Hanoverian horses are popular all over the world. 20 of the 36 horses will leave Germany. Eight of them will travel to the US, each three to Spain and Belgium. “The Verden May Auction collection was small, but convinced with its variety,” auction manager Jörg-Wilhelm Wegener said and was happy about the huge international interest.

For more information, click on: www.hannoveraner.com

Friday, May 4, 2018

Bandelero JSF Offspring Photos

Today we have photos of offspring by Bandelero JSF to share! 

Bandelero JSF is a young, up-and-coming Belgian Warmblood stallion owned by Kimmy Risser of Hickory Manor. Born in 2012, he is by Banderas out of a mare by Columbus (by Calypso II, our Foundation Friday stallion for May 4). Bandelero was bred in North America by Jump Start Farm. He's approved BWP/NAD, OLD/ISR, NAS, OHBS/GOV, RPSI, and Westfalen.

Brava HM 

First up, Brava, a 2018 model. Brava HM was bred by Hickory Manor/Kimmy Risser. She's a filly out of
 a Rapport/Franat mare.

Burlesque HM 
Photo by SAS Photography
Our next 2018 foal is Burlesque HM, a filly out of a Cassini I/Landlord mare, also bred by Hickory Manor/Kimmy Risser.

Beloved HM

Next up: the 2017 filly Beloved HM. Out of a Rapport/Franat mare, Beloved HM is a full sister to Brava, and was bred by Hickory Manor/Kimmy Risser. Beloved HM just scored a 7.87 at a Young Horse Show and qualified for finals. She was top-scoring filly at her inspection and first premium BWP.

To learn more about Bandelero JSF, please click to visit his Stallion Profile page, where you'll find all his info, photos, pedigree, video, and more. Interested in breeding to him? You can contact his owner, Kimmy Risser, directly through the Contact form on his Stallion Profile page.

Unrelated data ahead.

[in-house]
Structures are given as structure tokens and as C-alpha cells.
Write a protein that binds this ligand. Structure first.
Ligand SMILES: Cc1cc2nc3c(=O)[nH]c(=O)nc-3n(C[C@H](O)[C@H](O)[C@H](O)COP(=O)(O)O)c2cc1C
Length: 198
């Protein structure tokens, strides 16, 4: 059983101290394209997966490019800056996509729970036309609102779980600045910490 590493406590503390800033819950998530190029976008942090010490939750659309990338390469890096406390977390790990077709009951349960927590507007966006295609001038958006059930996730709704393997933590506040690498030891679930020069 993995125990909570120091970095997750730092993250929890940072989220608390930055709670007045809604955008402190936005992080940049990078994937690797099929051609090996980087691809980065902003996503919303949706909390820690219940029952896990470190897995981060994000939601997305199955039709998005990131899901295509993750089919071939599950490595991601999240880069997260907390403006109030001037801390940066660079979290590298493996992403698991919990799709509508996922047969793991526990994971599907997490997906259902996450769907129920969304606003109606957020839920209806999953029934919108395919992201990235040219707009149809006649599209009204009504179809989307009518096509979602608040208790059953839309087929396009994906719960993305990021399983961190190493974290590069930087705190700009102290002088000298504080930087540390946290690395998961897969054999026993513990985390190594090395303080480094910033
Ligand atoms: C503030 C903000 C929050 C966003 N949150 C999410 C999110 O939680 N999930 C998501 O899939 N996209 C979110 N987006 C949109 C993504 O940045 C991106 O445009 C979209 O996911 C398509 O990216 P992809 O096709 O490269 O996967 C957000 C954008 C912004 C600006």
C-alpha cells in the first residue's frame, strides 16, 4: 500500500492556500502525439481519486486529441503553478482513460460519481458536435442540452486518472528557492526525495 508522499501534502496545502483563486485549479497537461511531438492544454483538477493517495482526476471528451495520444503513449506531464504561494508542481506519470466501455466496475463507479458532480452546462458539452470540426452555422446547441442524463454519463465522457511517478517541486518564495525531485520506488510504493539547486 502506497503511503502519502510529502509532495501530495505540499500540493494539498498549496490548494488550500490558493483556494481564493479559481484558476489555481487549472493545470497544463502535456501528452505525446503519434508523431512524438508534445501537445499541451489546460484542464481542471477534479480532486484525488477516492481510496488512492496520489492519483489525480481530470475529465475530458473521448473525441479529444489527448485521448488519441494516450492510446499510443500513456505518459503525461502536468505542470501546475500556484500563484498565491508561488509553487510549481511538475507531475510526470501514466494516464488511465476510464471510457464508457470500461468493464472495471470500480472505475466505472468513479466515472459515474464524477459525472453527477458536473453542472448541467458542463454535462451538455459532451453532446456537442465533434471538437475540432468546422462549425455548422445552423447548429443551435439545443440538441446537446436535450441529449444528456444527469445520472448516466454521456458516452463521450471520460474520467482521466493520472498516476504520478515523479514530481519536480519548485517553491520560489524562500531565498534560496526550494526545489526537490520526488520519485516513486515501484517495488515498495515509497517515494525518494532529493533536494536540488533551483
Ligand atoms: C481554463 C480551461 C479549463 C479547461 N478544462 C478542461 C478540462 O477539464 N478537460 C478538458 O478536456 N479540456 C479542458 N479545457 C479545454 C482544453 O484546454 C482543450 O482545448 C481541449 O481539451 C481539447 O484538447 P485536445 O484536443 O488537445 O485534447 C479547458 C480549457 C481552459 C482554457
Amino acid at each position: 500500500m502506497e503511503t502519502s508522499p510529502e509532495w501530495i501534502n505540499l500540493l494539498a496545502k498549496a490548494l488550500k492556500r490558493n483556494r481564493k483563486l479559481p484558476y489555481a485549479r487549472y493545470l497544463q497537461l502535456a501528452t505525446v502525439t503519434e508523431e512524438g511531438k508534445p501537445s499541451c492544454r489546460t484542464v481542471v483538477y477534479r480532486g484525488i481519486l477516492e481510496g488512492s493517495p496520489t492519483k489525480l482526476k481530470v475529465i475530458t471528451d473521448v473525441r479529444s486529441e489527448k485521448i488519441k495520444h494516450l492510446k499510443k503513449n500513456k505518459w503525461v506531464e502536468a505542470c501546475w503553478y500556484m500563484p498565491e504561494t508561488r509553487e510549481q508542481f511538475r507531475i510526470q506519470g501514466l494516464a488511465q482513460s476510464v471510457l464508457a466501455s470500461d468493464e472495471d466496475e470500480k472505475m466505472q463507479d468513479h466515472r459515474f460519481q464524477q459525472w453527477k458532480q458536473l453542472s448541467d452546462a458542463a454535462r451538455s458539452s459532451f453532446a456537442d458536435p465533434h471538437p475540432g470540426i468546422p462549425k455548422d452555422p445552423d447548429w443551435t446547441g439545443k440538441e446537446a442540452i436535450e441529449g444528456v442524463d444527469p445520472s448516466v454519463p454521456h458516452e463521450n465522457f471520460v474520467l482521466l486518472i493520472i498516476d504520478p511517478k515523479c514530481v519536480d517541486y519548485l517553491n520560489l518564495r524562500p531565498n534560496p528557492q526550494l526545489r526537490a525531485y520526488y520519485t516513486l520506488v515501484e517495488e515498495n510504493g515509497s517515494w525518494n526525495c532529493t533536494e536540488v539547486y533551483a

Foundation Sire: Calypso II

This is the seventh installment of Warmblood Stallions of North America’s Foundation Friday. Every other Friday we will be featuring a foundation sire - one who has been influential in the development of warmblood breeds. We pull from the incredible archive of The Horse Magazine, published by Chris Hector of Australia. Thank you, Chris, for permission to draw on your expertise! 

Foundation Sire: Calypso II
1974 – 1995
1.71 m 
Breeder: Otto Ernst Lill

Calypso II has been one of the most important sires in both Holstein and Hannover, where he bred international competitors and influential breeding stallions. It was Calypso II who introduced the Cor de la Bryère blood to Hanover, ushering in a new era of Hanoverian jumping breeding.